Historical Monuments of India

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Monuments of India

Monuments are living testimonies to any place's history and culture. India is home to many of these structures and draw many tourists in the country.

A lot of said structures have been recognized around the world and became heritage sites.

Ajanta Ellora Caves
A UNESCO World Heritage site, Ajanta Ellora's 30 caves hold masterpieces of Buddhist religious art. The manmade caves are considered the finest examples of architecture that contain wall and ceiling paintings, depicting the life of Buddha prior to his enlightenment.

The caves are cut from the steep face of a horseshoe-shaped hillside.  Sculptures cover the outer walls while the artworks inside show elegant timber-built interiors of palaces, royalties market places and many others that somehow tell a story.

Artists consider the paintings here as tempera since they are on a dry surface, carried out after the rock walls were covered with 1 centimeter thick mixture of cow dung, clay and rice husks. The final surface is coated with lime that contributes to the continued existence of the paintings over the years.

Elephanta Caves
Named a UNESCO World Heritage Site in 1987, the Elephanta Caves is a complex of six rock-cut temples on the island of Elephanta, also known as Gharapuri in the Mumbai harbor.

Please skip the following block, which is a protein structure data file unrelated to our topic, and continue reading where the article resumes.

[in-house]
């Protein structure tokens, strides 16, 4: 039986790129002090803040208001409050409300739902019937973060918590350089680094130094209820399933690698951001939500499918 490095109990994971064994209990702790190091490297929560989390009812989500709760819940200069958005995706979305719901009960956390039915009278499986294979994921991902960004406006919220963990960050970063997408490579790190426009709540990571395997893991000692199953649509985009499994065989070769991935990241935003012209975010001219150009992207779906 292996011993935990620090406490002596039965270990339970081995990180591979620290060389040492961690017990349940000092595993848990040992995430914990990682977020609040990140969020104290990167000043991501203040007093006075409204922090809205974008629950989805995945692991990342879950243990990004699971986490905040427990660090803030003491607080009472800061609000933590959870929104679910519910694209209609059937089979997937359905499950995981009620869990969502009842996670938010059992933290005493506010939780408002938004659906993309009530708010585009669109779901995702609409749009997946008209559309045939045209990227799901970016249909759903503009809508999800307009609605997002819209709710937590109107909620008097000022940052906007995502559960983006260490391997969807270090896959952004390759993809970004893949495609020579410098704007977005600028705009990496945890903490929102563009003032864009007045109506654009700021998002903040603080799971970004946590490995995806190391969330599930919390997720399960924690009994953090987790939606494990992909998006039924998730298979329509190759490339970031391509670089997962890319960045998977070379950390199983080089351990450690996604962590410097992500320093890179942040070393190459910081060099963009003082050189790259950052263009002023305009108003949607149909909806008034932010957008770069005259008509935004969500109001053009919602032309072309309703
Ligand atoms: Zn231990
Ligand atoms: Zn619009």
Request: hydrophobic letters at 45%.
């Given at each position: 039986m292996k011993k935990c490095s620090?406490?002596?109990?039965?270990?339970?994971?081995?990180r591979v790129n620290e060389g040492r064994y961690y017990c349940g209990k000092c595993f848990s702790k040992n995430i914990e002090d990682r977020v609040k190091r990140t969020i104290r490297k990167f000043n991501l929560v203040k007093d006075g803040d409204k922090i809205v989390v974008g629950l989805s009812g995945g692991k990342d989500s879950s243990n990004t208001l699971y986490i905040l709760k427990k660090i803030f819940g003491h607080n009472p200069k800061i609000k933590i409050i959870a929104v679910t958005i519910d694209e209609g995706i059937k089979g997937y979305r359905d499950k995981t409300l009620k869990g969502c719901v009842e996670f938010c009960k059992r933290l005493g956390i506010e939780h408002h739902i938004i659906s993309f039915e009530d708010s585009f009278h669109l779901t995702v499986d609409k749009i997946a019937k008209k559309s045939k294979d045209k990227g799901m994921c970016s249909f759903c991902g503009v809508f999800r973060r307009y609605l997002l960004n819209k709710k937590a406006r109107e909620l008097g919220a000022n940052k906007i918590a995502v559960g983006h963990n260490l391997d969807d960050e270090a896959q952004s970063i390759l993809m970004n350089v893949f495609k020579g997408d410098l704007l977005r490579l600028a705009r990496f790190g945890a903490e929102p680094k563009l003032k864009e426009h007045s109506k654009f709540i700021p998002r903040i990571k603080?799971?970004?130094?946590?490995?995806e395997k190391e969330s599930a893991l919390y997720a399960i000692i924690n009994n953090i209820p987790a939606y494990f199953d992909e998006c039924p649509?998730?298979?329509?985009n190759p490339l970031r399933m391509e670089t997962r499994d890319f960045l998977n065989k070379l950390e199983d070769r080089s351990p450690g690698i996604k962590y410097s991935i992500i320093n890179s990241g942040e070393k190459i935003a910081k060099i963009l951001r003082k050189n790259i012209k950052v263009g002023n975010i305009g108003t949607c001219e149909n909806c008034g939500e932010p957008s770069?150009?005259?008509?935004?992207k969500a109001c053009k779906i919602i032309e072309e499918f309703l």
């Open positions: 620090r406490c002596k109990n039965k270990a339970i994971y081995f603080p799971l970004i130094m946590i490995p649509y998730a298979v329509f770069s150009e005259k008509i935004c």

Built in the middle of the 6th century, it is not determinded whether the Traikutaka or the Kalachuri dynasty started the construction. What's known is that the Rastrakuta dynasty administered additional work on the structure around the 8th and 10th centuries.

 

A large temple of Shiva serves as the centerpiece of the group and rows of pillars, originally decorated with frescoes, support the ceiling. The many aspects of Shiva are reflected on the walls such as Shiva as Nataraja, Yageshvara and more. A three-headed bust of representing Brahma, Vishnu and Shiva is the structure's main feature.

Humayun's Tomb
Humayun’s tomb is not only an excellent example of early Mughal architecture, but in many ways, it is the predecessor of the magnificent Taj Mahal. This quiet but splendid edifice was the last resting place of the second Mughal emperor, who strived all his life to be in Delhi, the city he loved.

Khajuraho Temples
Khajuraho is a group of ancient temples found in Madhya Pradesh. Boasting some of the finest examples of religious art in India, it is one of the most popular sites among foreign and Indian tourists. Khajuraho's 80 temples are built between 950 and 1050 AD, of which 22 are still standing.

Divided into three main groups namely The Eastern, which houses the Jain temples and the Hindu buildings; the Southern Group, which has two temples and The Western Group, which is surrounded by gardens and the location of the Kandariya Mahadev Temple. The last group is also the largest collection of buildings within the complex.

It is also the most richly decorated and in it rises seven stages of prolific carvings that portray animals, deities, warriors and dancers engaging in sexual activities, which probably symbolizes the Tantrism religious ideas. The complex became a UNESCO World Heritage Site in 1986.

Konark
Situated in the northeastern corner of Puri, Konark is home to the colossal temple dedicated to the Sun God. Konark also forms part of the Golden Triangle of Orissa. A well known tourist attraction, the temple was built by Narasimha Deva, the Ganga King.